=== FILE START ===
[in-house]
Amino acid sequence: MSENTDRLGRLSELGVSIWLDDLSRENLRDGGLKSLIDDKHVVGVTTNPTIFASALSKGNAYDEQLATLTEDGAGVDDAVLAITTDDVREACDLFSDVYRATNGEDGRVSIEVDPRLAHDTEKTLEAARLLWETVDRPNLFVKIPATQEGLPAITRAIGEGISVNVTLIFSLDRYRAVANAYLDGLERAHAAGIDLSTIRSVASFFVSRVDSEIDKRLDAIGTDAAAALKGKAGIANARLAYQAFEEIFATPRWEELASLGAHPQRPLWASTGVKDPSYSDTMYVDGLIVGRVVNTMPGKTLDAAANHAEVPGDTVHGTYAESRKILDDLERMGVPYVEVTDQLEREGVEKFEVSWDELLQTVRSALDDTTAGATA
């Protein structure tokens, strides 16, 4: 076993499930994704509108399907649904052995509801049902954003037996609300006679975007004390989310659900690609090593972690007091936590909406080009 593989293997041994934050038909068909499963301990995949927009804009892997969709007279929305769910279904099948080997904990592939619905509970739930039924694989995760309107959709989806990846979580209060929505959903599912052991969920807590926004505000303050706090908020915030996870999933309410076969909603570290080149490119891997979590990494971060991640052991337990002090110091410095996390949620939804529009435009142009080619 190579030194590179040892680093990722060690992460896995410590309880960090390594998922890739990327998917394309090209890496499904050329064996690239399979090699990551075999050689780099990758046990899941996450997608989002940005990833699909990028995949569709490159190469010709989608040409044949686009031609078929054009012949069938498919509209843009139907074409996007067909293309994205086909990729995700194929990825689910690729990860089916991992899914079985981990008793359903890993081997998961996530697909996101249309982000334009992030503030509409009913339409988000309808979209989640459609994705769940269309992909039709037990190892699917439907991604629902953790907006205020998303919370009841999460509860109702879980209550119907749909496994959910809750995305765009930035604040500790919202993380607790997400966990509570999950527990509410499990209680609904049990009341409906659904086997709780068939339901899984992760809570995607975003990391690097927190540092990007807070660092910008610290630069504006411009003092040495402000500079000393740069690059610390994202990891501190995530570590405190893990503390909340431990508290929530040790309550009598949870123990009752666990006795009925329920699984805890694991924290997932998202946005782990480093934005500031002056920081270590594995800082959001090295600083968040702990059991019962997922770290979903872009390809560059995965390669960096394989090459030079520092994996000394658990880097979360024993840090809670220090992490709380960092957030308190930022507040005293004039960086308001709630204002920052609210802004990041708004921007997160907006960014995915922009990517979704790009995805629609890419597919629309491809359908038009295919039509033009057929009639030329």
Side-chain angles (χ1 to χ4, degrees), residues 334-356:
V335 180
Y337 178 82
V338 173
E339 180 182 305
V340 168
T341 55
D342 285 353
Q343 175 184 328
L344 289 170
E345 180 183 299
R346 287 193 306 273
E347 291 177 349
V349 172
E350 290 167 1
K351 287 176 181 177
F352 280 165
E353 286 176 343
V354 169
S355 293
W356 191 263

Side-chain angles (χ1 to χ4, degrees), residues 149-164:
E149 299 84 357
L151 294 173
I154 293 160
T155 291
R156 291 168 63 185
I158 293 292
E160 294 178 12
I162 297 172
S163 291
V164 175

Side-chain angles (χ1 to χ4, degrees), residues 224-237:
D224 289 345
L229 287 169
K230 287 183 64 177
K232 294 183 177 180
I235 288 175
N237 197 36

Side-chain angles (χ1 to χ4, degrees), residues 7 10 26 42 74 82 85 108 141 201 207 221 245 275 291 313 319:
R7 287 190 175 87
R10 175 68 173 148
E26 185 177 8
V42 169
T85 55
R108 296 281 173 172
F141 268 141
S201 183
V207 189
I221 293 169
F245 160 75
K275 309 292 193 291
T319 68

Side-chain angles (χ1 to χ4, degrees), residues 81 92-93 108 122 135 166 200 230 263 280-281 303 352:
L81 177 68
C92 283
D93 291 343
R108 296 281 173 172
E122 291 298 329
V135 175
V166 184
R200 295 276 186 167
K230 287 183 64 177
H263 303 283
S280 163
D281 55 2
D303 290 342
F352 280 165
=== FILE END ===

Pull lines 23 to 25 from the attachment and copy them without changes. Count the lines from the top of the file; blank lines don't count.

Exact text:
S355 293
W356 191 263

Side-chain angles (χ1 to χ4, degrees), residues 149-164: